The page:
Legal Question in Real Estate Law in California

I have a family member (A) just served with a 60 day eviction notice from a sibling (B). This person, A, has lived in the same property for 9 years and provided a $15,000 investment towards the purchase of the property to sibling, B. Has paid the full amount of the monthly mortgage to sibling as requested for that time. Is currently being told that house is not 'clean' and 'sanitary' condition. (Also A is currently filing for state disability)

The property was never listed in person A's name and solely, on paper, belongs to the sibling, B. Sibling, B, refuses to provide details of financials of property and initial investment. Has made claims of keeping the initial investment to 'repair' property after eviction, on what we consider normal wear and tear. Is there any legal recourse for person A under breach of verbal contract laws or other statues in the state of California? Any options to fight the eviction?

Asked on 12/11/12, 9:26 am

1 Answer from Attorneys

Bryan Whipple Bryan R. R. Whipple, Attorney at Law
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Yes, indeed, there MAY be a way for A to assert that he/she is a partial (or even 100%!) owner and, as such, to be exempt from eviction. Your question does not provide enough facts to ascertain whether a so-called "purchase-money resulting trust" arose at the time the $15,000 investment was provided, nor what other funds, if any, were used for the down payment. However, there is a legal principle that ownership of real property follows the source of the cash money used to make the down payment.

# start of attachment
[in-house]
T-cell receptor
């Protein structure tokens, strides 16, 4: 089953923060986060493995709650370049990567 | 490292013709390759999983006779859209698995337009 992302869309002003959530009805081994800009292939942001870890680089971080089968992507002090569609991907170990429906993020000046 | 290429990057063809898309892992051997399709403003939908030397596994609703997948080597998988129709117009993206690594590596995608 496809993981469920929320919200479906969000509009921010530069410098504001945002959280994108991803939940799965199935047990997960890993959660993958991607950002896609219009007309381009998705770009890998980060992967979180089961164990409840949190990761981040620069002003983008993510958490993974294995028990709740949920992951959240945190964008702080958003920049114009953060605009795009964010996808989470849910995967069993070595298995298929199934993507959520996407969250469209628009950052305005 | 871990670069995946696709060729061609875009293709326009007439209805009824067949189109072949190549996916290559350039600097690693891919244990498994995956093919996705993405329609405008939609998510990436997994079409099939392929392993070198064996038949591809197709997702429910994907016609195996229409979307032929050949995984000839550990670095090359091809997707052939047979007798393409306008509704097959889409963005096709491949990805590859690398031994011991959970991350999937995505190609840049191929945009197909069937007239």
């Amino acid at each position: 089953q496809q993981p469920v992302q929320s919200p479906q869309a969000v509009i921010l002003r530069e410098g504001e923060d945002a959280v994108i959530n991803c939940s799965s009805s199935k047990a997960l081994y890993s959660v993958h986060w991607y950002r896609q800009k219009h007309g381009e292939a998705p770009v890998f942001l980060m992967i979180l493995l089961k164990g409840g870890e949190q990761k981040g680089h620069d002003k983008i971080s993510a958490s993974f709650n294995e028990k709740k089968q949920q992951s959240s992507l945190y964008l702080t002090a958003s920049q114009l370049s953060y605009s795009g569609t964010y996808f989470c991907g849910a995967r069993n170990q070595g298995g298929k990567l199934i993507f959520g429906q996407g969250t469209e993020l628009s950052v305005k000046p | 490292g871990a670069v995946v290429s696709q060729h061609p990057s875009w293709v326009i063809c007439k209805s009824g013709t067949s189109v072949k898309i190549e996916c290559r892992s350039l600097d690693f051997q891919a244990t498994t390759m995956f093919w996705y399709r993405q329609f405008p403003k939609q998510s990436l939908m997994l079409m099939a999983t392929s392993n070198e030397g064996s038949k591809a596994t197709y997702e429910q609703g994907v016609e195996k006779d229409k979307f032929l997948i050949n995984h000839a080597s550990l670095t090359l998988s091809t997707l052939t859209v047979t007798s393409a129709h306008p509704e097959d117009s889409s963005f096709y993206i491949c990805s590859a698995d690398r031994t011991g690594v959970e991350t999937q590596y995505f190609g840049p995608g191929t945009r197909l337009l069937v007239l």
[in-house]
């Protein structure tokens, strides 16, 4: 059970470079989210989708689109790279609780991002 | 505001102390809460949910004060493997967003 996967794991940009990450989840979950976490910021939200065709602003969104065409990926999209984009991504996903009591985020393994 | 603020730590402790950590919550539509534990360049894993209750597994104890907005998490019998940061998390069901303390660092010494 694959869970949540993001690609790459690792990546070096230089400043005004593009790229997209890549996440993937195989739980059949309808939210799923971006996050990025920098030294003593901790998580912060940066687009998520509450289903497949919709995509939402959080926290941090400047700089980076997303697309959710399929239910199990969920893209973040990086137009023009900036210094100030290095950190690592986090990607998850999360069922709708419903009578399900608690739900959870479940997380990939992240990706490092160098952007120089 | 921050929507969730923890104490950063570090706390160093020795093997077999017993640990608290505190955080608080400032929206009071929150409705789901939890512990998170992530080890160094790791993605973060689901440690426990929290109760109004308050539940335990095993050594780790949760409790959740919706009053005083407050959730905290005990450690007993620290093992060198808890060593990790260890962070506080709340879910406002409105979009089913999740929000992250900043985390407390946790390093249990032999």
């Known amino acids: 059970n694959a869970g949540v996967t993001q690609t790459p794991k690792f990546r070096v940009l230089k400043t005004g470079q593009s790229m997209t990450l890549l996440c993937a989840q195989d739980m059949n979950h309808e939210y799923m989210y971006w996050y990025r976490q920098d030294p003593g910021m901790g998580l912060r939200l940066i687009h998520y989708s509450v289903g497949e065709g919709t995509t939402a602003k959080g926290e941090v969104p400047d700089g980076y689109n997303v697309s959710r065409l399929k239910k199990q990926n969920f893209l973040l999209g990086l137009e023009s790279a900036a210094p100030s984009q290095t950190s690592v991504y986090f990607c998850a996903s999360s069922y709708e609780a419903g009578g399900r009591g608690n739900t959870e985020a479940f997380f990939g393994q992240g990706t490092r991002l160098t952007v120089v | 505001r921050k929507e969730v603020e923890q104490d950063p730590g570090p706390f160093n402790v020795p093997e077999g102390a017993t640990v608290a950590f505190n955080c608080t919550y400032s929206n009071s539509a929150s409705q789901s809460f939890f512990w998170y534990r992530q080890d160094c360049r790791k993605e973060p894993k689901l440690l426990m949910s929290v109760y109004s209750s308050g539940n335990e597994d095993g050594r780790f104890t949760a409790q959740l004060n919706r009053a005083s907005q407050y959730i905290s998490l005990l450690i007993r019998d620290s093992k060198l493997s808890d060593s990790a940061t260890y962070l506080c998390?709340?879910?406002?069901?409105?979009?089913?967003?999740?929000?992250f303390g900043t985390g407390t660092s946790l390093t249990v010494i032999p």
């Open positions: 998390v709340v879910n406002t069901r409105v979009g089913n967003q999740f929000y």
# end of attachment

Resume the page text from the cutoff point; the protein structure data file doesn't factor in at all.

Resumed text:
If you would like a more detailed analysis (free) as to whether A can prevail against B and have a court declare A to be at least a partial owner of the property, please contact me directly with particulars as to how the $15,000 was raised, delivered and used in connection with the house purchase. I would need to know what other funds were used as down-payment, and full details as to any oral or written understandings between A and B as to what the $15,000 was to be used for and with what ultimate result intended.

Purchase-money resulting trust cases are not a slam dunk to plead and prove, and many judges are unaware of the principle. However, it is a way for someone who put up part or all of the purchase price for real estate, but got a smaller (or none) of the legal title, to have a court order correction of record title to reflect the same ownership as the contribution(s) to the down payment would indicate.

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12/11/12, 3:12 pm

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